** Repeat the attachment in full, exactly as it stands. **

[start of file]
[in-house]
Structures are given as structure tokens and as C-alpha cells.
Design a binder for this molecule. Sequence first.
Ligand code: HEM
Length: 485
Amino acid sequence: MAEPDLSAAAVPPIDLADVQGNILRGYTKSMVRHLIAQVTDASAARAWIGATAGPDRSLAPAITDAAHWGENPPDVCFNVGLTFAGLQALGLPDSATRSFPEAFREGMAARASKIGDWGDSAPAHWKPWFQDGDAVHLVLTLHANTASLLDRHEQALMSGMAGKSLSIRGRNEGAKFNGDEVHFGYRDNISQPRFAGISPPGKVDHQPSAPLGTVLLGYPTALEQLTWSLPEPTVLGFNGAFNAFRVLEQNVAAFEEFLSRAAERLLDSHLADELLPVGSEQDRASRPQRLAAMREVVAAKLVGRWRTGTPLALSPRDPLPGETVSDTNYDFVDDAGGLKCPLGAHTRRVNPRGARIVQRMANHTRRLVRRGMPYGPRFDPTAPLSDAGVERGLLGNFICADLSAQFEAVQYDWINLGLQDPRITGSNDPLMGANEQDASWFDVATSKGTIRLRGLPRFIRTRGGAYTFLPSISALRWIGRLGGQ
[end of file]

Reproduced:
[in-house]
Structures are given as structure tokens and as C-alpha cells.
Design a binder for this molecule. Sequence first.
Ligand code: HEM
Length: 485
Amino acid sequence: MAEPDLSAAAVPPIDLADVQGNILRGYTKSMVRHLIAQVTDASAARAWIGATAGPDRSLAPAITDAAHWGENPPDVCFNVGLTFAGLQALGLPDSATRSFPEAFREGMAARASKIGDWGDSAPAHWKPWFQDGDAVHLVLTLHANTASLLDRHEQALMSGMAGKSLSIRGRNEGAKFNGDEVHFGYRDNISQPRFAGISPPGKVDHQPSAPLGTVLLGYPTALEQLTWSLPEPTVLGFNGAFNAFRVLEQNVAAFEEFLSRAAERLLDSHLADELLPVGSEQDRASRPQRLAAMREVVAAKLVGRWRTGTPLALSPRDPLPGETVSDTNYDFVDDAGGLKCPLGAHTRRVNPRGARIVQRMANHTRRLVRRGMPYGPRFDPTAPLSDAGVERGLLGNFICADLSAQFEAVQYDWINLGLQDPRITGSNDPLMGANEQDASWFDVATSKGTIRLRGLPRFIRTRGGAYTFLPSISALRWIGRLGGQ